Will the Belt and Road Initiative Bring World Peace?

Many of you are familiar with this initiative — The Belt and Road initiative. let’s look at this initiative from another angle, an interesting relationship between international trades and political peace. We know that the Belt and Road is related to the economy. It has also been given a certain political meaning since Present Xi Jinping’s speech in Kazakhstan in 2013. The public also discussed whether the Belt and Road can alleviate the recent tensions and challenges in certain areas. So, to what extent that the economy can affect political peace. Can the belt and road progress bring real benefits to world peace through the economics developments?

let’s start with the trade peace theory and see what the relationship between economy and politics is.

Liberals insisted that “the country’s trade relations will lead to international peace.” This thought came from Montesquieu in 16th century, maybe even earlier. They believed that trade between the two countries could promote peace and create common interests. The common interests make it harder for the two countries to resolve conflicts with war.

As political scholars have pointed out, this value arising from trade acts as a “hostage” between any conflicting countries. If the “hostage” is of considerable value and is threatened by war, then the sovereign state is no longer completely independent and autonomous. Since the benefits of trade are likely to be lost in war, the common expectation of loss can serve to prevent conflicts between trading partners. To put it more bluntly, if people on one side of the border have assets or valuable customers on the other side, they are less likely to support the destruction of those assets or trading partnerships, and more likely to support for peace.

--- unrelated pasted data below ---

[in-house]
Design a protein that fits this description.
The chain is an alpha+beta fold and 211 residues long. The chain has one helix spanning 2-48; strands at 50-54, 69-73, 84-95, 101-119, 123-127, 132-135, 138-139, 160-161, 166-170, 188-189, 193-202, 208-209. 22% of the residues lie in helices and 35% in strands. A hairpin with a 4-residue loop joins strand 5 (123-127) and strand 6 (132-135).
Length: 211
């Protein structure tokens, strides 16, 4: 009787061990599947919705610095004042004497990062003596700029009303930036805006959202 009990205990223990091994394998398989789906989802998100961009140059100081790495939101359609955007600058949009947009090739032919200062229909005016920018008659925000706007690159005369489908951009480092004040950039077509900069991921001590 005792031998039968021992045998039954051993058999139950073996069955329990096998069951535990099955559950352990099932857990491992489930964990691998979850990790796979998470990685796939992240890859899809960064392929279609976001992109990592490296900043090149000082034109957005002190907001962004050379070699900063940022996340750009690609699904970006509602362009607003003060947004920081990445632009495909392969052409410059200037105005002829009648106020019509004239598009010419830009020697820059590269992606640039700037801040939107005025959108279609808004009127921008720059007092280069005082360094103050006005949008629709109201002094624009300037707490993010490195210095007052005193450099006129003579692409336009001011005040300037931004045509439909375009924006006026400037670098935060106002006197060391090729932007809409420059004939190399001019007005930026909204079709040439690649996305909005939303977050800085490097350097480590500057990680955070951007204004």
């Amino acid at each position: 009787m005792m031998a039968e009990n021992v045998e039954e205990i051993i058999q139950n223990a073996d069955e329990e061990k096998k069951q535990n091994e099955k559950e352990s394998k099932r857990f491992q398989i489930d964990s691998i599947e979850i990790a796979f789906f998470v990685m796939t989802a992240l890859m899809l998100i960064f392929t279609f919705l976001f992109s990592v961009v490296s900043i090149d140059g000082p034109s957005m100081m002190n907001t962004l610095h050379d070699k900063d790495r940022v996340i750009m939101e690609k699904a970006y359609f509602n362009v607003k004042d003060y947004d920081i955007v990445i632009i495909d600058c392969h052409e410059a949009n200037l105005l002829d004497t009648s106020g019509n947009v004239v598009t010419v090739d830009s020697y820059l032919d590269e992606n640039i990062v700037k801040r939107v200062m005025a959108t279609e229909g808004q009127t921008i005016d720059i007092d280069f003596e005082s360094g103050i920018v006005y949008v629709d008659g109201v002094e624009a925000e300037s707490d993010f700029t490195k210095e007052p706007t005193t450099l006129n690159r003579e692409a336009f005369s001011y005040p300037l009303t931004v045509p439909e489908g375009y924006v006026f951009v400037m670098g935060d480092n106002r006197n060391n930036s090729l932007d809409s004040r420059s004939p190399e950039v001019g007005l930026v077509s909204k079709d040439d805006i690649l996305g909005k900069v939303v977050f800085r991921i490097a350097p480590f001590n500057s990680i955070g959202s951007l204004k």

Until the First World War, the school of realism in international relations was gradually emerging. People thought that the economy belongs to low-level politics and the security belongs to high-level politics. Low-level politics and high-level politics could not be compared. Power was the primary pursuit of the state. Research that had continued for hundreds of years on the link between trade and peace has postponed, until the 1970s that the oil crisis and stagflation led to turbulence and war between countries. Since then, the relationship between economy and politics has once again raised by the public.

Trade peace theory is an important aspect of Neoliberal Institutionalism. It believes that the distinction between high-level politics and low-level politics is no longer obvious, and the interdependence between countries will reduce the war crisis to a certain extent. The embodiment of the economy is the trade peace theory.

So why would people think that trade will promote peace? Well, let’s take a look at the logic behind ‘trade leading to peace’.

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